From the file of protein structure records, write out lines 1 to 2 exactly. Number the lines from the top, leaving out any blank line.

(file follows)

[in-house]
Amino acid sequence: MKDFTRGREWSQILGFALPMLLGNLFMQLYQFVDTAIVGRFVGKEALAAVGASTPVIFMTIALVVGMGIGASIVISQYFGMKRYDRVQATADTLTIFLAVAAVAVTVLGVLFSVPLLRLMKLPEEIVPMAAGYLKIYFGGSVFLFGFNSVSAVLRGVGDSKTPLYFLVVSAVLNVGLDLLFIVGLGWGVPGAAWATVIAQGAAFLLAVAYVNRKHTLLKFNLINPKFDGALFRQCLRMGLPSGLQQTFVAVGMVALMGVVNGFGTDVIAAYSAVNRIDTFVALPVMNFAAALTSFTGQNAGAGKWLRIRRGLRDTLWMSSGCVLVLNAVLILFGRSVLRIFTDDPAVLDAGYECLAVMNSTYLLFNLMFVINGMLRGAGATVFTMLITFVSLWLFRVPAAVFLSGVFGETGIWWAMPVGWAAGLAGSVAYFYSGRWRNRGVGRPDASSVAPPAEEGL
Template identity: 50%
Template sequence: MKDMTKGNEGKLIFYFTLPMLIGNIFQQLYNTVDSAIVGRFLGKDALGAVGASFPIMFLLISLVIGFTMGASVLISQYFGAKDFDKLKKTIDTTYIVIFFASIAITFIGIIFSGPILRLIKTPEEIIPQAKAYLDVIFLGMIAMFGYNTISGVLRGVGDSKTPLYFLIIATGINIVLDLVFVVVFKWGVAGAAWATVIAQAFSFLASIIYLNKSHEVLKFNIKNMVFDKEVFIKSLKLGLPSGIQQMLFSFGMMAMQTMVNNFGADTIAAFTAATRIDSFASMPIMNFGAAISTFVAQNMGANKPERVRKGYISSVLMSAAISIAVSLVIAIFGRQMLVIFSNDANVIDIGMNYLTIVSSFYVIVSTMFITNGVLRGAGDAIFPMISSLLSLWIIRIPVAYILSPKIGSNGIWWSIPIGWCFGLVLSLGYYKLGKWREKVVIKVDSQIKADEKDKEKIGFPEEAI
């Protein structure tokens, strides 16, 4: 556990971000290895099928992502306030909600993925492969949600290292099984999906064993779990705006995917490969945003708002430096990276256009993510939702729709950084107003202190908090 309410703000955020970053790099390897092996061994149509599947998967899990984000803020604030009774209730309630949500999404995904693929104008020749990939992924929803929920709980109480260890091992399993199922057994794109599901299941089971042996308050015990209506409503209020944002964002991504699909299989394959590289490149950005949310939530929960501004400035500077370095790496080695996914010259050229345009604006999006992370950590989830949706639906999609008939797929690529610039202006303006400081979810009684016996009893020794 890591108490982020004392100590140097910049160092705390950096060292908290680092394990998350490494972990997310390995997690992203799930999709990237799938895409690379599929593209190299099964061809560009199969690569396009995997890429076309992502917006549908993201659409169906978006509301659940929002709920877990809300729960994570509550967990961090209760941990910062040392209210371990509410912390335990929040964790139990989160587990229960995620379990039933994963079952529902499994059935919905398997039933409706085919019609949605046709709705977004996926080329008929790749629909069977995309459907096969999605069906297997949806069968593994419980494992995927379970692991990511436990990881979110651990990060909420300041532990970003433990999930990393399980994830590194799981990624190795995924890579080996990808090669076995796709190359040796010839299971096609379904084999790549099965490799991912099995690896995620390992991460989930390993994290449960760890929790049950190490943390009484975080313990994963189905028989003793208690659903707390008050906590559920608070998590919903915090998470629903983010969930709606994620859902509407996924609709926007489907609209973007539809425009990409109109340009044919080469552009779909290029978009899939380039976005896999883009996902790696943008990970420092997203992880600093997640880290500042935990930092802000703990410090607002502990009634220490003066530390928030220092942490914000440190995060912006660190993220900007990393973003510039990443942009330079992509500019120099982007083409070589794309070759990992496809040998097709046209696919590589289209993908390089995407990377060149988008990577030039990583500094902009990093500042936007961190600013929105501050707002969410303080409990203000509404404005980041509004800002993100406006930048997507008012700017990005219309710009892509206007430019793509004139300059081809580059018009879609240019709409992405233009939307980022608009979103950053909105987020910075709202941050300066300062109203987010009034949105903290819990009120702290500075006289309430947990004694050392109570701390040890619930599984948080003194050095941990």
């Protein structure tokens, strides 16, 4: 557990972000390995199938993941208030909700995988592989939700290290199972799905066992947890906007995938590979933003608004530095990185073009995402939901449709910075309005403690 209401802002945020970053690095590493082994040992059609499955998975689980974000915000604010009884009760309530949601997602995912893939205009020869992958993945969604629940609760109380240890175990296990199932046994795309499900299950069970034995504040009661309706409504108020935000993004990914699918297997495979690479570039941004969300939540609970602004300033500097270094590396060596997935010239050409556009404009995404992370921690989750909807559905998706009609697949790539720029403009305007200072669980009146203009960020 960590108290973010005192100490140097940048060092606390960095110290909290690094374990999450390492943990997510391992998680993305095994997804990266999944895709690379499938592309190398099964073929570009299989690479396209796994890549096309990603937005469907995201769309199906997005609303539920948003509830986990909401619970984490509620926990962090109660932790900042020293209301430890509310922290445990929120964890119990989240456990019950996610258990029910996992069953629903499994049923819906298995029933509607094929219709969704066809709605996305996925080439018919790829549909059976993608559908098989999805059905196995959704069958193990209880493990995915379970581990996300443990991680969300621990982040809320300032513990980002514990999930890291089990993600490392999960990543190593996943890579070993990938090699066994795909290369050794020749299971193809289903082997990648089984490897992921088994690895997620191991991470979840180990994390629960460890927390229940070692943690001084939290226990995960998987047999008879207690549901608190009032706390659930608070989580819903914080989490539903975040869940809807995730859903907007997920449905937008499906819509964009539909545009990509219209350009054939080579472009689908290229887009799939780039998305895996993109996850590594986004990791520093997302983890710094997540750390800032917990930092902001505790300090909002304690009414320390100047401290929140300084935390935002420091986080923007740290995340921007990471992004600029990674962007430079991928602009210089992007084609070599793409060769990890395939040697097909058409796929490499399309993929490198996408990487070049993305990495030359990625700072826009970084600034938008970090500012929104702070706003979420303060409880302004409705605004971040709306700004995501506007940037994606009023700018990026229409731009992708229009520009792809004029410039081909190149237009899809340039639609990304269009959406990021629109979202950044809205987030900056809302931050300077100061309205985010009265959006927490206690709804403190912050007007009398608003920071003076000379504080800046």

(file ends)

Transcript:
[in-house]
Amino acid sequence: MKDFTRGREWSQILGFALPMLLGNLFMQLYQFVDTAIVGRFVGKEALAAVGASTPVIFMTIALVVGMGIGASIVISQYFGMKRYDRVQATADTLTIFLAVAAVAVTVLGVLFSVPLLRLMKLPEEIVPMAAGYLKIYFGGSVFLFGFNSVSAVLRGVGDSKTPLYFLVVSAVLNVGLDLLFIVGLGWGVPGAAWATVIAQGAAFLLAVAYVNRKHTLLKFNLINPKFDGALFRQCLRMGLPSGLQQTFVAVGMVALMGVVNGFGTDVIAAYSAVNRIDTFVALPVMNFAAALTSFTGQNAGAGKWLRIRRGLRDTLWMSSGCVLVLNAVLILFGRSVLRIFTDDPAVLDAGYECLAVMNSTYLLFNLMFVINGMLRGAGATVFTMLITFVSLWLFRVPAAVFLSGVFGETGIWWAMPVGWAAGLAGSVAYFYSGRWRNRGVGRPDASSVAPPAEEGL